Kathryn Blundell’s Attitude is Much Creepier than Breastfeeding Could Ever Be

The true irony of feminism is when it actually manages to demean women. I understand how the roots of feminism began with the desire for equality and opportunity. But somehow the belief that women are equal to men in intelligence and ability has been replaced with the goal of being as truly “free” as men. So instead of being women we end up becoming men with breasts.

The comments of Kathryn Blundell are truly disturbing not because this woman chose to formula feed her children, but because of the reasons she gives. First of all, it reeks of insecurity. Someone who feels she has made the right decision to formula feeds her children simply does so, and doesn’t feel the need to constantly defend herself.  But she describes breastfeeding as creepy. She can’t seem to separate the nutritional and sexual purposes of breasts. This is not a sign of a liberated enlightened woman, but that of an oversexed insecure woman who seems to value the ability to drink in excess over her desire to nurture and bond with her child.

I believe that breastfeeding is the best way to feed your baby, and in many cases the easiest. But I also know that for some women it is not feasible. I think that many of the difficulties that cause women to quit breastfeeding could be solved by better education and support, but I understand that for some women it just isn’t possible whether for health reasons or job situations that make pumping during the day unworkable. But never would I consider this woman’s disturbing reasons for rejecting breastfeeding to be legitimate ones.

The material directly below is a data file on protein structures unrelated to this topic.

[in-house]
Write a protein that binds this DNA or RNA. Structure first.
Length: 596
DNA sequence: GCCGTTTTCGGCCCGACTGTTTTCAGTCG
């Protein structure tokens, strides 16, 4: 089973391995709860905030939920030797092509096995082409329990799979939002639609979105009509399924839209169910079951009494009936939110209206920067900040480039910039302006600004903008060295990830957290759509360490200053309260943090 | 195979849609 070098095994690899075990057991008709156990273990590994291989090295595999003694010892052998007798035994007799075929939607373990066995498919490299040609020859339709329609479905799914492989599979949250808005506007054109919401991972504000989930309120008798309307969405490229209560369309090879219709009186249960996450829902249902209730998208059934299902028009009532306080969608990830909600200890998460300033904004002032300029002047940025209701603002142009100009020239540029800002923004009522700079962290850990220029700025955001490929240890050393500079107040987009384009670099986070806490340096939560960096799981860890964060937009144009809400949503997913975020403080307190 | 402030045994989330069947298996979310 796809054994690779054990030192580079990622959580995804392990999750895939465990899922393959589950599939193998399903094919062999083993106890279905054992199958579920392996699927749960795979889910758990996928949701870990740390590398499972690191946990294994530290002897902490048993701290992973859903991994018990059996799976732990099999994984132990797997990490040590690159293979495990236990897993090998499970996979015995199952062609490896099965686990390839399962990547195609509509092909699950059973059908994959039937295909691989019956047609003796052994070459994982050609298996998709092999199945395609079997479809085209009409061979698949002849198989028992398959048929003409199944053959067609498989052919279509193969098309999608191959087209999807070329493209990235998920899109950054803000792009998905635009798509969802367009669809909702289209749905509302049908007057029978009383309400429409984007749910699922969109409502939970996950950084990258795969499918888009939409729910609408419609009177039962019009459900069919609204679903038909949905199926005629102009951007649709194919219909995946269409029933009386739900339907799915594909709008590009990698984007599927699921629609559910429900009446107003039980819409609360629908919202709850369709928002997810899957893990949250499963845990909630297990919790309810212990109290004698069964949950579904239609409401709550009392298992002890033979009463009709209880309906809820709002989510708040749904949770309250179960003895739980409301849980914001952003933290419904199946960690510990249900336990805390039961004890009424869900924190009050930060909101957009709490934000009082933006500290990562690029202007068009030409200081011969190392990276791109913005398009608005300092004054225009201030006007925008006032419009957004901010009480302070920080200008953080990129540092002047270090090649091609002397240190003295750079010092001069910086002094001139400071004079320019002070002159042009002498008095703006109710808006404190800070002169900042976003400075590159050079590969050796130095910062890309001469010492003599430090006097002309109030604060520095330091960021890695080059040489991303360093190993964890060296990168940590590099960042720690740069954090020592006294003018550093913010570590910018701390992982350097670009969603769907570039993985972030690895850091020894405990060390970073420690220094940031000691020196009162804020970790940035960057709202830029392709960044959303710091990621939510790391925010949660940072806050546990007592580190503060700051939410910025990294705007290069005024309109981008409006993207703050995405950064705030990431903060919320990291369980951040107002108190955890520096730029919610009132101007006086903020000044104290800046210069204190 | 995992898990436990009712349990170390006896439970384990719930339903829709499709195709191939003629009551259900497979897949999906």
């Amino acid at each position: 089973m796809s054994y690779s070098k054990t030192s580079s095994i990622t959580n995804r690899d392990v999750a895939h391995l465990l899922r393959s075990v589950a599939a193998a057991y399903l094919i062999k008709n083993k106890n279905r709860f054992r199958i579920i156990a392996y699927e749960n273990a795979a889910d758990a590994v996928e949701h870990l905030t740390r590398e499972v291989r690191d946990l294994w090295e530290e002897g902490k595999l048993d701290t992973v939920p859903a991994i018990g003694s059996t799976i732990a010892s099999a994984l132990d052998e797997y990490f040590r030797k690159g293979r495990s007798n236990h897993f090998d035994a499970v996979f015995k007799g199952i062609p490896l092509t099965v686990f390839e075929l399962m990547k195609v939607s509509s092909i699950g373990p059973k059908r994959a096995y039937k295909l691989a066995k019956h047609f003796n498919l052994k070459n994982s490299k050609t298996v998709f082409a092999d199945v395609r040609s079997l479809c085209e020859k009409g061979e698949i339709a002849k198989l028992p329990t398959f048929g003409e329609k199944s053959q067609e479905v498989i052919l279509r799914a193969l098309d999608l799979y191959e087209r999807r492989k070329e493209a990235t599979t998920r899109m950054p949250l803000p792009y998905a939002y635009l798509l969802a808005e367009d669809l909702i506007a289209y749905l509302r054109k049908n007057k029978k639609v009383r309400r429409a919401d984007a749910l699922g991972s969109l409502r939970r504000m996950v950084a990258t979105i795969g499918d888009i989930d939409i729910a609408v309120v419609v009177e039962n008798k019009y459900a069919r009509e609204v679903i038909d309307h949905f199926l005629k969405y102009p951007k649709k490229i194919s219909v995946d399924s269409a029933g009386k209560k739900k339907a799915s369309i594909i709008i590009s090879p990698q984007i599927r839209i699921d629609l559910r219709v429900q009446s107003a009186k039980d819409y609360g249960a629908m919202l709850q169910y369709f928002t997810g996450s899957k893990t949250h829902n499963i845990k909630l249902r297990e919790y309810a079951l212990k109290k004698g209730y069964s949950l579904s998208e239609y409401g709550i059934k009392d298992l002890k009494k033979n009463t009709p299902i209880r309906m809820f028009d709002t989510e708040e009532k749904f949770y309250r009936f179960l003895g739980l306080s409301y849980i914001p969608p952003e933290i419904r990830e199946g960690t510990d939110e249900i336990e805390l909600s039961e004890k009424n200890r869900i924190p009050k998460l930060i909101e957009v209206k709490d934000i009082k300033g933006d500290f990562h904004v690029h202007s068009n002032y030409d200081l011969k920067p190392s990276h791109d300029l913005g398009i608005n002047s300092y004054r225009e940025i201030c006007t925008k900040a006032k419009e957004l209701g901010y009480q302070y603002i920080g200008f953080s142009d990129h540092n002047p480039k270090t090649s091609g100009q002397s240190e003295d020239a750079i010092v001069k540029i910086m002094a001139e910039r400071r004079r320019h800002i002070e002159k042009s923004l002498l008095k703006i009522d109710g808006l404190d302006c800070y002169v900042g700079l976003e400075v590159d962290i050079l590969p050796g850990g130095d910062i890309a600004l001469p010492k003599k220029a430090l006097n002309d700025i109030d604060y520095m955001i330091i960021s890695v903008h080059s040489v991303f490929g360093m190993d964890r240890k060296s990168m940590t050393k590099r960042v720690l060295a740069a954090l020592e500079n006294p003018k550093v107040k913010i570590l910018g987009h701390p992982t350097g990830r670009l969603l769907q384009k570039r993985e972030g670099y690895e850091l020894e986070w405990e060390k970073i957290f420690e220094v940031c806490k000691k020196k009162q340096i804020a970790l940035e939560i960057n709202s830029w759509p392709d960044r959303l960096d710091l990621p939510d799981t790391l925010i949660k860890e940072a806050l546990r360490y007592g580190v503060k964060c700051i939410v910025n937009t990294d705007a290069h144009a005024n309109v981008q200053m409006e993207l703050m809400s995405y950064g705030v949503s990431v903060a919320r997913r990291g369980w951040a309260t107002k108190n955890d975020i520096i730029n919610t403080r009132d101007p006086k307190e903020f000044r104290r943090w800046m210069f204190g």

First of all, you can drink occasionally in moderation while breastfeeding, especially once your child is on some solid foods. But clearly this woman wants to drink regularly and to an excessive level not conducive to breastfeeding, though I would find such high levels of alcohol consumption as incompatible with caring for a child as I would with breastfeeding. Formula feeding your child will not protect him or her from the behavior of an intoxicated parent.

For some women, breastfeeding can put a damper on their sex lives. But this is partially related to the relationship between a woman and her husband. Barring an infection of some kind, breastfeeding doesn’t cause any pain that would hamper an intimate relationship, except perhaps during the early weeks, and let’s face it, most women aren’t much in the mood during the first two or three weeks after delivery anyway. Plus, there are those pesky doctors’ orders that recommend that intimate relations be suspended until at least six weeks postpartum. Yet this woman seems to think of breasts as sexual items first and nutritional items second, if at all.

By putting down breastfeeding, she is actually diminishing her own femininity, and setting herself up as a sexual object rather than a complete woman with multiple roles including those of mother and lover. By insisting that her breasts belong to only one of those roles she devalues the other. These are symptoms of a larger problem with what feminism has become. Instead of giving women choices, feminism now dictates how a woman must behave if she wants to be seen as liberated. But if we must give up all that makes us feminine to be liberated, then we have simply shackled ourselves to a different culture than that which enslaved women in past centuries.

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